​So, what else can you drink on the island if you don’t fancy the rum?  Amid the two locally bottled, and omnipresent, beers Stag and Carib, the West Indies Beer Company has recently found its place on the island.  Now open for two years, and having been extended a number of times, the microbrewery and bar imports all of the ingredients needed to make traditional ales – some of which are ridiculously strong (I’m seeing a ‘strong alcohol’ theme!)  It has been a runaway success and, by using the brewery as an exciting back drop to the bar, it keeps the beer at the very centre of the business.  I’m not a big traditional beer fan so I drank rum and pineapple.  The other half tried quite a few though and declared them to be very good indeed. 

So, what about the wine?  Can I drink wine in the Caribbean?  The largest cellar on the island belongs to the Aquarium restaurant.  On Sundays they have a BBQ and live music and it’s a fantastic way to spend the day – listening to music on the beach with amazing grilled foods, drinking whilst watching the sun go down. 

Having spent a whole week drinking rum and Carib, I was looking forward to getting my wine fix.  We went to Aquarium a number of times (please don’t think this was all in one day’s drinking!)  Unsurprisingly, they have a large selection of North American and South American wines on the menu but they tend to be at the cheaper end of the market (think Barefoot Zinfandel).  I was more interested in the Old World stuff so tried the white Rioja, the Muscadet and the Prosecco – all imported from Europe. 

Aquarium has a vast list including some very expensive Louis Latour and all of the Champagnes you’d expect.  Imported wine is expensive due to import tax and travel costs so the wines we were drinking were around the £30 – £40 mark.  The pound dropped in value considerably whilst we were there so the wine got more expensive as we went on.  The Rioja and the Muscadet were very welcome after a couple of weeks of beer and rum but they were both quite thin and astringent.  We were working at the bottom end of the menu and it showed – I would expect to pay about £15 in a UK restaurant for the quality we were drinking.  The Prosecco was better and very enjoyable however, because of the heat and humidity, the bubbles were gone very quickly.  The heat really played a part in the enjoyment of the wine.  You couldn’t leave it in the glass for anything more than a couple of minutes otherwise it would be warm, the ice in the ice bucket melted incredibly quickly so the bottle didn’t stay chilled for very long either.  We were pouring a mouthful of wine at a time into the glass – although it was lovely to be back on the grape stuff, it wasn’t the usual wine drinking experience and we ended up the afternoon back on the rum punches.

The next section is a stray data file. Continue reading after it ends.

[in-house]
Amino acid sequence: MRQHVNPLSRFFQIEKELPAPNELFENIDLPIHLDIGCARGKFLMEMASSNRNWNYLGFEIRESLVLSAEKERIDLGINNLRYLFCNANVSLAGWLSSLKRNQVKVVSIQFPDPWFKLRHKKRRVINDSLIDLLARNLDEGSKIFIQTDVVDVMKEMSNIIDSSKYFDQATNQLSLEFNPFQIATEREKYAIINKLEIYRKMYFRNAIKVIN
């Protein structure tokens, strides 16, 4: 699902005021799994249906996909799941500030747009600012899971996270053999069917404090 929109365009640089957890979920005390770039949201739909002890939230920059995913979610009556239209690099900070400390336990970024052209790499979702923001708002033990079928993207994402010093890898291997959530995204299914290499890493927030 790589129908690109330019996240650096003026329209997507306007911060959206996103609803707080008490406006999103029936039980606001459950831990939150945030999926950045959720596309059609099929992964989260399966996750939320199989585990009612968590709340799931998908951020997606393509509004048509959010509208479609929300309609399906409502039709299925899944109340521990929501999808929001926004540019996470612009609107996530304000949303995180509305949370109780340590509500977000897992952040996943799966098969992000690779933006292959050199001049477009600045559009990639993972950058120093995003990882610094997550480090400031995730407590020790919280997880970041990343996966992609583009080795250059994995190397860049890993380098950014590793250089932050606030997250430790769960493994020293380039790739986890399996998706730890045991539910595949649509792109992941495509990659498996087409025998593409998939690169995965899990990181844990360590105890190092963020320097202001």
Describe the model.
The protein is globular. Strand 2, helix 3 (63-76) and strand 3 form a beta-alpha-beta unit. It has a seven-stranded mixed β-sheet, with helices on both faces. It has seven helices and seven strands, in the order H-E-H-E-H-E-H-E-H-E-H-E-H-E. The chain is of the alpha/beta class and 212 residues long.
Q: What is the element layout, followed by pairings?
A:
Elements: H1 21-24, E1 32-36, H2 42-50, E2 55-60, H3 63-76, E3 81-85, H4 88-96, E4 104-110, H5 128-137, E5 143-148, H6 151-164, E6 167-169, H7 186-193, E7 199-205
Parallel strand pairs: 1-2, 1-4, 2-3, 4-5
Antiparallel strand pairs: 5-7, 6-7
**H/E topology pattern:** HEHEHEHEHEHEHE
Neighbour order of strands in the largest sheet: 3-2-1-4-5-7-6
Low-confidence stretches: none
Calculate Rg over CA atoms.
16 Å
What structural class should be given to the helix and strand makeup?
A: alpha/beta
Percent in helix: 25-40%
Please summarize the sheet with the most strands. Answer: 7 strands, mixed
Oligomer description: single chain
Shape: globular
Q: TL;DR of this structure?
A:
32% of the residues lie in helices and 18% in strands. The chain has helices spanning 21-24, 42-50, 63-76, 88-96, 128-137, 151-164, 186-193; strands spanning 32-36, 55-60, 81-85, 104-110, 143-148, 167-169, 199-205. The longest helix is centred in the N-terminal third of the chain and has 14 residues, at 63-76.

So, is the Caribbean all about rum, no.  Will you end up drinking rum, yes.  It has the history, the sense of place, the diversity and the versatility which makes it very enjoyable to drink in the hot days and humid nights.  The inherent expertise that they have around rum is unparalleled, it’s a way of life and, as I always say, when you can’t beat ‘em, join ‘em!